Georgia Law Review, Vol. 8, No. 3 (Spring 1974), pp. 614-648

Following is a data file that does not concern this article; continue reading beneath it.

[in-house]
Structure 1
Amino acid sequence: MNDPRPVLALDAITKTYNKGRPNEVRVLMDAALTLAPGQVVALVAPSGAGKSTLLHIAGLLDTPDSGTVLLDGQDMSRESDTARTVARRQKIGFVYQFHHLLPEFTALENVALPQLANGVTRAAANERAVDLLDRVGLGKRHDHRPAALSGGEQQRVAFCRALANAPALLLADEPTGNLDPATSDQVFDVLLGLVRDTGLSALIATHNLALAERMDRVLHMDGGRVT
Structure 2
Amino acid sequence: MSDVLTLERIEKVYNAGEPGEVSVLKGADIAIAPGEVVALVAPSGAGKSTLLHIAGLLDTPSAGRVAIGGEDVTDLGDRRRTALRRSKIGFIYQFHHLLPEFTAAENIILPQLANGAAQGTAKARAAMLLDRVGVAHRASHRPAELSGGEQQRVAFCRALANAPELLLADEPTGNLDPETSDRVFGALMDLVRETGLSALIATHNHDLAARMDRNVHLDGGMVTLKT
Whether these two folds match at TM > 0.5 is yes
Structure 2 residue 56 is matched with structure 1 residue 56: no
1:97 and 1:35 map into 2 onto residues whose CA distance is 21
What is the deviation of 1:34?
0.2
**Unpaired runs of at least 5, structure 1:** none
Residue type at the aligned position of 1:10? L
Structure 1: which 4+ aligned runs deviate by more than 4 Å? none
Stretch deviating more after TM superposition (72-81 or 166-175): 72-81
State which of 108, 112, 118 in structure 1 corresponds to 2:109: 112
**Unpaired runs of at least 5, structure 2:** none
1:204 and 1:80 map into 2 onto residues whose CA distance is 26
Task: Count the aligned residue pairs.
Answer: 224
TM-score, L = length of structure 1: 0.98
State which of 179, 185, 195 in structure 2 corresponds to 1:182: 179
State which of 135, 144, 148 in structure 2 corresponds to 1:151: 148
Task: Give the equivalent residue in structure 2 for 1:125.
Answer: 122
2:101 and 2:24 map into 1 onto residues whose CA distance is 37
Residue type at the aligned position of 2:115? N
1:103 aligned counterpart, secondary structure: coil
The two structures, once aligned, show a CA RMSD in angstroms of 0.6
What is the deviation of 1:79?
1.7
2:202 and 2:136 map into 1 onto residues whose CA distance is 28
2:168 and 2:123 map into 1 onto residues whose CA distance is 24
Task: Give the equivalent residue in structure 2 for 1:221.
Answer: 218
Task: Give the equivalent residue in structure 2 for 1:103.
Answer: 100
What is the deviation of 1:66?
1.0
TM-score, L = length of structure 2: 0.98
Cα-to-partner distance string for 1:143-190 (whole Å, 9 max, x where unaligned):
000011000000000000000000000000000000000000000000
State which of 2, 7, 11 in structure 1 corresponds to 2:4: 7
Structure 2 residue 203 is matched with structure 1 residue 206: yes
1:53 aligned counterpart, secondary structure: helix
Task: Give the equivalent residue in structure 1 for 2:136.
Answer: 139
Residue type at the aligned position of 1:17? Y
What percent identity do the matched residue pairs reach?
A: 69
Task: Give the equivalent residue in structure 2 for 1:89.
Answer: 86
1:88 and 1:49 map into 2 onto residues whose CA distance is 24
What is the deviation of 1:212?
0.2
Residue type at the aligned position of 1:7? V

The initial question in evaluating the ability of a municipal corporation to control the affairs of its citizens is the existence of an allocation of power from the state sovereign. Once such power is found, Georgia courts traditionally view any activity within the scope of that power as a privilege of citizenship in a municipal corporation, controlled at the generally unrestricted discretion of the local government. But when and how do such privileges become rights? With an overview of the typical positions taken by Georgia courts on the power of local governments to control the affairs of their citizens, Professor Sentell illustrates how local ordinances often turn discretionary privileges into obligatory rights.